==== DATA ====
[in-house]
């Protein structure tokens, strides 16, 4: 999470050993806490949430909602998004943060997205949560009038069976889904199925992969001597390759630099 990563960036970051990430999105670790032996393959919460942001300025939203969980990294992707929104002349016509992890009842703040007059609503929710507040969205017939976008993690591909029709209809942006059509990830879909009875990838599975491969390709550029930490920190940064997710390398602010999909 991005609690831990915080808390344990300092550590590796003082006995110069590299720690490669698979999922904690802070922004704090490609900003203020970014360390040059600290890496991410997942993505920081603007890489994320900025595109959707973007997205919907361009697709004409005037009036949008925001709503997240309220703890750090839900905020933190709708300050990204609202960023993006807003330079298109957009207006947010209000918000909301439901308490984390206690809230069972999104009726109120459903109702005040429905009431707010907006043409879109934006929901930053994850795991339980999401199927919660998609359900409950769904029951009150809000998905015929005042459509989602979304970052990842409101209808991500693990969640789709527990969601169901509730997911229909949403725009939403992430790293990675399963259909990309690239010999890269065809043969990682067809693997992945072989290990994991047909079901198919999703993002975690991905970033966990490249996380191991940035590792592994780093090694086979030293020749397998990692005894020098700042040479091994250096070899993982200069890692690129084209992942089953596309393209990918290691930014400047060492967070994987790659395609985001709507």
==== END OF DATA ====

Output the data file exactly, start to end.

[in-house]
């Protein structure tokens, strides 16, 4: 999470050993806490949430909602998004943060997205949560009038069976889904199925992969001597390759630099 990563960036970051990430999105670790032996393959919460942001300025939203969980990294992707929104002349016509992890009842703040007059609503929710507040969205017939976008993690591909029709209809942006059509990830879909009875990838599975491969390709550029930490920190940064997710390398602010999909 991005609690831990915080808390344990300092550590590796003082006995110069590299720690490669698979999922904690802070922004704090490609900003203020970014360390040059600290890496991410997942993505920081603007890489994320900025595109959707973007997205919907361009697709004409005037009036949008925001709503997240309220703890750090839900905020933190709708300050990204609202960023993006807003330079298109957009207006947010209000918000909301439901308490984390206690809230069972999104009726109120459903109702005040429905009431707010907006043409879109934006929901930053994850795991339980999401199927919660998609359900409950769904029951009150809000998905015929005042459509989602979304970052990842409101209808991500693990969640789709527990969601169901509730997911229909949403725009939403992430790293990675399963259909990309690239010999890269065809043969990682067809693997992945072989290990994991047909079901198919999703993002975690991905970033966990490249996380191991940035590792592994780093090694086979030293020749397998990692005894020098700042040479091994250096070899993982200069890692690129084209992942089953596309393209990918290691930014400047060492967070994987790659395609985001709507």